Hot tubs have long been considered a relaxing way to warm up on a cold Connecticut night, but the benefits go beyond increasing body temperature. Common hot tub health benefits include:
1. Relaxation and Stress Reduction
Do you feel less stressed after a warm bath? Science reveals there’s a legitimate reason why they may have a positive effect on mental wellbeing.
Research shows regular immersion bathing, such as soaking in a hot tub, is uniquely beneficial to mental health. In one study that compared showering to bathing, those who bathed experienced lower levels of fatigue, stress, and pain. Another study suggests regular hot baths could be a useful treatment for those with depression.
2. Pain Relief
Historically, warmth has been a home remedy for pain stemming from arthritis, muscle aches, and conditions like fibromyalgia.
In countries such as Japan, natural hot springs and public baths offer similar benefits. Thanks to the stress relieving characteristic of warm water immersion, hot springs and hot tubs alike can soothe and relax tight, sore muscles. Research also shows hot tubs can help to reduce swelling and inflammation of joints, a helpful tool for those who suffer from arthritis.
3. Improved Sleep
Having trouble drifting off or staying asleep? Hot tubs may help.
The reasoning is more complex than warm water helping you feel relaxed. Studies show a drop in core body temperature is a natural cue for the body to prepare for sleep. After stepping out of a hot tub, the significant drop in body temperature mimics this phenomenon, signaling to your body that it’s time to unwind.
4. Enhanced Circulation
Warm temperatures dilate (widen) blood vessels, improving the body’s circulation (flow).
The same benefit applies to soaking in a hot tub. Immersing yourself in the warm water can improve blood flow, supporting circulation to muscles and vital organs. Improved circulation means the cells in your body are able to get more of the oxygen and nutrients they need to function.
5. Muscle Recovery
Sore after a tough workout? Soaking in a hot tub might help speed your muscle recovery.
Improved circulation thanks to hot water helps your body deliver oxygen, protein, and nutrients necessary for muscle repair. While experts suggest an ice bath immediately after exercise, hot soaks are encouraged to improve circulation and healing in the days following a tough training session.
6. Respiratory Relief
Ever wonder why a hot shower helps you breathe easier when you have a cold?
Steam from a hot shower, bath, or hot tub can warm the lung’s membranes, loosening the mucous they produce. When you have a cold or sinus infection, this means you can clear mucus more easily. Hot steam also opens nasal passages, supporting deep breathing and providing respiratory relief.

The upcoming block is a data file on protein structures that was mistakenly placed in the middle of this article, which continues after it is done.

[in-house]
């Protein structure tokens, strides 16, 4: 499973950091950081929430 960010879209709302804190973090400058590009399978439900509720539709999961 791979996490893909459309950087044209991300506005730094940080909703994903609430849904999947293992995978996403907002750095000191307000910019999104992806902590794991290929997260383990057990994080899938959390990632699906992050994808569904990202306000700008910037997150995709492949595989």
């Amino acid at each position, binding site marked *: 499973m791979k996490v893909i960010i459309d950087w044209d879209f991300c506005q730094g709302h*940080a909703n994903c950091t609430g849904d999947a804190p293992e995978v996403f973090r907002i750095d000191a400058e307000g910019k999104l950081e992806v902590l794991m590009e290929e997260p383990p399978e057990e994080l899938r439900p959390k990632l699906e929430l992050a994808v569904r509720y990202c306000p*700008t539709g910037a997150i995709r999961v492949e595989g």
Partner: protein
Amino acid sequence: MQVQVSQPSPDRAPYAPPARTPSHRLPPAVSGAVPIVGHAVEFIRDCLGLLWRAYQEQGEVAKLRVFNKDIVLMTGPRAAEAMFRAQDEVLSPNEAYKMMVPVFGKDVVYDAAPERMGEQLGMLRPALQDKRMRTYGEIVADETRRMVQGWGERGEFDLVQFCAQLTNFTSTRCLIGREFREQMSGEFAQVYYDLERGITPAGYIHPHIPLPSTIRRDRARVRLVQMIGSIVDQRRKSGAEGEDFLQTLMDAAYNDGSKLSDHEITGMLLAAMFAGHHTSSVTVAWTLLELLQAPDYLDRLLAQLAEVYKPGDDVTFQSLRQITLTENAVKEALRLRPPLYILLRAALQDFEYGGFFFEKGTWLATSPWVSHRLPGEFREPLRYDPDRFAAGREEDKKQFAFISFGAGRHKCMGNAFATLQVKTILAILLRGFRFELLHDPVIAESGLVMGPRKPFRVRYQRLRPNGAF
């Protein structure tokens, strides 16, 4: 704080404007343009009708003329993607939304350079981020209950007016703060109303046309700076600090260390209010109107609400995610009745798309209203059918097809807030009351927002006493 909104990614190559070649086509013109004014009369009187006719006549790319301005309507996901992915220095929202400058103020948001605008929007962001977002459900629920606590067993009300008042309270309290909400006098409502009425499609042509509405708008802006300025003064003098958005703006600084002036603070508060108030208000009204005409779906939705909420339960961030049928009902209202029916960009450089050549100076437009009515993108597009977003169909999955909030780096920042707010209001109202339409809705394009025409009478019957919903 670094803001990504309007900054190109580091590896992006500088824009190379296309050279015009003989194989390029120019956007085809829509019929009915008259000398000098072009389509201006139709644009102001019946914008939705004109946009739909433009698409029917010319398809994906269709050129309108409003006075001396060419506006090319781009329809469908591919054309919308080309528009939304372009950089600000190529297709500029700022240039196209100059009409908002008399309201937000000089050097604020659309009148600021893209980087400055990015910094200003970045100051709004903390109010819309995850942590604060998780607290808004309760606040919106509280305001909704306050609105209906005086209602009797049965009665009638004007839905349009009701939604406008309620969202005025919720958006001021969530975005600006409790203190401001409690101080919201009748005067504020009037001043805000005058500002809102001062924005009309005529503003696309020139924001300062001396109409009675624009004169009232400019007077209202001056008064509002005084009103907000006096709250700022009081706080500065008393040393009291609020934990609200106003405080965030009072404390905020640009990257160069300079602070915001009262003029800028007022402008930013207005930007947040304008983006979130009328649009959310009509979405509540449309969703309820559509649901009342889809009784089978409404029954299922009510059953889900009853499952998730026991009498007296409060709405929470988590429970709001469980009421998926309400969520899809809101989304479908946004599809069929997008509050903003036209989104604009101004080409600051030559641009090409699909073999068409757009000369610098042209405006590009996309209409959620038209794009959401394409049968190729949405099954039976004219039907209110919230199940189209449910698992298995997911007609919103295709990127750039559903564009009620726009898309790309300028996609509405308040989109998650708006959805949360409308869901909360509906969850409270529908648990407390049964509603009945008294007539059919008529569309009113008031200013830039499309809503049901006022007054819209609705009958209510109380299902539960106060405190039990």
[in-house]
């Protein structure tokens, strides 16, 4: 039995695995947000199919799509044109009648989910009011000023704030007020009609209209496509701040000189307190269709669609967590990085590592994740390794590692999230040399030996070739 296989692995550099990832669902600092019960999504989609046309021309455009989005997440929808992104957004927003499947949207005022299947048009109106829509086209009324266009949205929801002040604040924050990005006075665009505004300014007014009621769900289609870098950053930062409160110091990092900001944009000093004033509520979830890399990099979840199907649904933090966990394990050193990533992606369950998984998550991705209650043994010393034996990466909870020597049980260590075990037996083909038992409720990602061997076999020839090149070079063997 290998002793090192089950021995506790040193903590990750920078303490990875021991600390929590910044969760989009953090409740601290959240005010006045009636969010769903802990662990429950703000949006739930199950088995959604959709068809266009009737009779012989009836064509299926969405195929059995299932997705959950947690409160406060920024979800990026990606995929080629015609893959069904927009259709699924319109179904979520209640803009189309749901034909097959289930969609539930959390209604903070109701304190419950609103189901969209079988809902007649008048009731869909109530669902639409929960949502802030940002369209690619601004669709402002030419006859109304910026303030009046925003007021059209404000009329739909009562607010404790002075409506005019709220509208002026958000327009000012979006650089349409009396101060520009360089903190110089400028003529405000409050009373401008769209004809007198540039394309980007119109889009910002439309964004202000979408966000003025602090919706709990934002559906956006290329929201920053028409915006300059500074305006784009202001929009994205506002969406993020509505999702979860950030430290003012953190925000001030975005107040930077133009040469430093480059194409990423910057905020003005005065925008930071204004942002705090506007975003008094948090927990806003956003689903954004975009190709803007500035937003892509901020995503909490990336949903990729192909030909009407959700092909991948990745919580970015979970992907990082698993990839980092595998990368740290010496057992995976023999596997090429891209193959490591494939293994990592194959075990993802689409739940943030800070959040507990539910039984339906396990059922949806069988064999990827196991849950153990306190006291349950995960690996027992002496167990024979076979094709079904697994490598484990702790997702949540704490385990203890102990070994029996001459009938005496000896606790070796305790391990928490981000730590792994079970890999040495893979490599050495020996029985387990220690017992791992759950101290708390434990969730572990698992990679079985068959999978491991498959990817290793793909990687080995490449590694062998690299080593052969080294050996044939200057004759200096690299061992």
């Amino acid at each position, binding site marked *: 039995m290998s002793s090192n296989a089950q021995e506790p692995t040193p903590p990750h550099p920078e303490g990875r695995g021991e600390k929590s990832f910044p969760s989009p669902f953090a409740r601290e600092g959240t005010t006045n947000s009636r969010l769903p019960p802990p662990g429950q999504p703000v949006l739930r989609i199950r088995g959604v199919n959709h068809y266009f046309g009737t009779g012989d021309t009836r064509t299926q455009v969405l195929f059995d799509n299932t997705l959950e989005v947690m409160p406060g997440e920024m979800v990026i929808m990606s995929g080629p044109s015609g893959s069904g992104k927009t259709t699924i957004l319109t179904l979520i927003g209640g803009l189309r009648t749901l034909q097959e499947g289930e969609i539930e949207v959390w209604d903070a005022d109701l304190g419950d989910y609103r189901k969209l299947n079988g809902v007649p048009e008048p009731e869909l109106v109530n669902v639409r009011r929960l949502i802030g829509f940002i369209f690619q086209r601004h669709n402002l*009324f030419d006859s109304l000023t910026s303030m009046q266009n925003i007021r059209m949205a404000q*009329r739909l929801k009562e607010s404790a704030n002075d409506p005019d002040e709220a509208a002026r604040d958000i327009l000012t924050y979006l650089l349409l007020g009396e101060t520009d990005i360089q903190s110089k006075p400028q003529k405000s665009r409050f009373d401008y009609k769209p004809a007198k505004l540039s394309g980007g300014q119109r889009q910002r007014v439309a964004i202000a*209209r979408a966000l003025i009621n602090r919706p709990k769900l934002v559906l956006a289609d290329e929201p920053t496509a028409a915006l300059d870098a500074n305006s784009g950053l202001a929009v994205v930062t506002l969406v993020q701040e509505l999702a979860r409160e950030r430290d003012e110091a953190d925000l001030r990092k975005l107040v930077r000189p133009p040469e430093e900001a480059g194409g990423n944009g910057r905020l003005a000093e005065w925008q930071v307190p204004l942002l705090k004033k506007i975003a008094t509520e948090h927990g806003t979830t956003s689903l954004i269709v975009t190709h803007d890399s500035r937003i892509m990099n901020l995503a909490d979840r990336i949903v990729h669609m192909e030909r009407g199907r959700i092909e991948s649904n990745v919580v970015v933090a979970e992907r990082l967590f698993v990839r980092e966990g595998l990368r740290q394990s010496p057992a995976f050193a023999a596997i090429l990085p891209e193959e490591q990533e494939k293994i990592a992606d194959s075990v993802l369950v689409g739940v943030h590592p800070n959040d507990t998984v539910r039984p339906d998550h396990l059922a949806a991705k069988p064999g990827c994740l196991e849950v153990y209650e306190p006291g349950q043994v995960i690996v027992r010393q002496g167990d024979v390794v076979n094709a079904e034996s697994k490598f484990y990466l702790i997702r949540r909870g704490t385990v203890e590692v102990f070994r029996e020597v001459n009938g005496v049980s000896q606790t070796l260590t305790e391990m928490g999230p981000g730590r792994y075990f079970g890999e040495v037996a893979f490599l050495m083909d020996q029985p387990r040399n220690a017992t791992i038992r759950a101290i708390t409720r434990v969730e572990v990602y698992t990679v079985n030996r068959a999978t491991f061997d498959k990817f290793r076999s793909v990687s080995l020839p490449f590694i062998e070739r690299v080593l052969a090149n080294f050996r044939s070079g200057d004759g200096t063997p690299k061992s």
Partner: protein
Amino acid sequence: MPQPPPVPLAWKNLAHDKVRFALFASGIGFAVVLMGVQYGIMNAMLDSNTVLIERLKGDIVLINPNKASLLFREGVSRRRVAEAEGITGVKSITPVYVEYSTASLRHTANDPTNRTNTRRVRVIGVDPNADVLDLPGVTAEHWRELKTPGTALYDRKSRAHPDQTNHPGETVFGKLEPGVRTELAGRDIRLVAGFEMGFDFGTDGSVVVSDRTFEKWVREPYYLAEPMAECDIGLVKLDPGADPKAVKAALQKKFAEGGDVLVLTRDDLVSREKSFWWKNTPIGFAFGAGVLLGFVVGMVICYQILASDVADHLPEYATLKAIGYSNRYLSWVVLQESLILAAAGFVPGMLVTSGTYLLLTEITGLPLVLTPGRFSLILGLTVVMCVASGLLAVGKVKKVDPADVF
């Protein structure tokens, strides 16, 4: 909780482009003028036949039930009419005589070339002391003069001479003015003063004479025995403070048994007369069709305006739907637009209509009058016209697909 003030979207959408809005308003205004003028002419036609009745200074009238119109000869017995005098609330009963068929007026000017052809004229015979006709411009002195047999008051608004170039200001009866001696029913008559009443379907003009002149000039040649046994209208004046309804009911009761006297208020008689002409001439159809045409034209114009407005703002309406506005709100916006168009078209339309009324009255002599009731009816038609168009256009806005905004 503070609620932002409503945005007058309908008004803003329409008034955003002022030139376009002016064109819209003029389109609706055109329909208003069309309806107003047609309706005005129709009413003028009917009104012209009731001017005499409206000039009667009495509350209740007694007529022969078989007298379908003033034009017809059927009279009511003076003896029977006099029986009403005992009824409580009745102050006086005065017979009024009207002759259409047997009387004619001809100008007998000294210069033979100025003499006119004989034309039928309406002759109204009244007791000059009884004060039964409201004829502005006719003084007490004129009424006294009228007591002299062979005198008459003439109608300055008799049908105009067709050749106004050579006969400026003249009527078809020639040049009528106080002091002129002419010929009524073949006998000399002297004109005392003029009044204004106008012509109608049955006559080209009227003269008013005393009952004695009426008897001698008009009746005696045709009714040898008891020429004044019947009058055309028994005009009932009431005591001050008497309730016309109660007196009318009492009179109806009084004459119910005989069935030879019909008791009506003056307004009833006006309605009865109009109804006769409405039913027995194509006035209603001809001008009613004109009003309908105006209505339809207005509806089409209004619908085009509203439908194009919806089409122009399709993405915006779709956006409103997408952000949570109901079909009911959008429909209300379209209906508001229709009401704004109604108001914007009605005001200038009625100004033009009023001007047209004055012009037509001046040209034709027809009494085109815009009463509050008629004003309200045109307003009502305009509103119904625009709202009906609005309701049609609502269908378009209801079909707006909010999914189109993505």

7. Weight Management
Managing weight by soaking in a hot tub may sound too good to be true, but fortunately it’s not.
Research shows lounging in a hot bath for an hour burns the same number of calories as a 30 minute walk. This is big news for those with limited mobility or who are unable to exercise. Additionally, studies show the type of “passive heating” associated with soaking in a hot tub can support lowered blood sugar levels, a helpful tool for those with diabetes or metabolic disorders.
8. Improved Mood
For many people, a hot tub is a way to unwind after a long day.
Science shows using a hot tub can calm the nervous system, providing a mood boost and clearer mind. Hot water offers a rush of “happy hormones” such as dopamine and serotonin, well-known endorphins that can greatly impact mood. This same research offers evidence that immersion bathing in a place like a hot tub can improve physical and mental health as well as overall quality of life.
A Word of Caution: Always Practice Safe Hot Tub Soaking
When it comes to hot tubs, it’s possible to have too much of a good thing.
Excessive or prolonged soaks in a hot tub can lead to overheating, dehydration, and other negative health outcomes. Due to these risks, it’s important to cap time in a hot tub to 15 – 20 minutes per session. Additionally, never swallow hot tub water and ensure any hot tub you enter has been properly sanitized and cared for to prevent coming into contact with harmful bacteria.
Avoid soaking in hot tubs if:
- You are pregnant.
- You have heart disease.
- You have diarrhea.
- You are under the influence of alcohol or other substances.
- You are under 5 years of age.
Consult your primary care doctor before regularly soaking in a hot tub, especially if you have a pre-existing health condition or are currently taking any medications.
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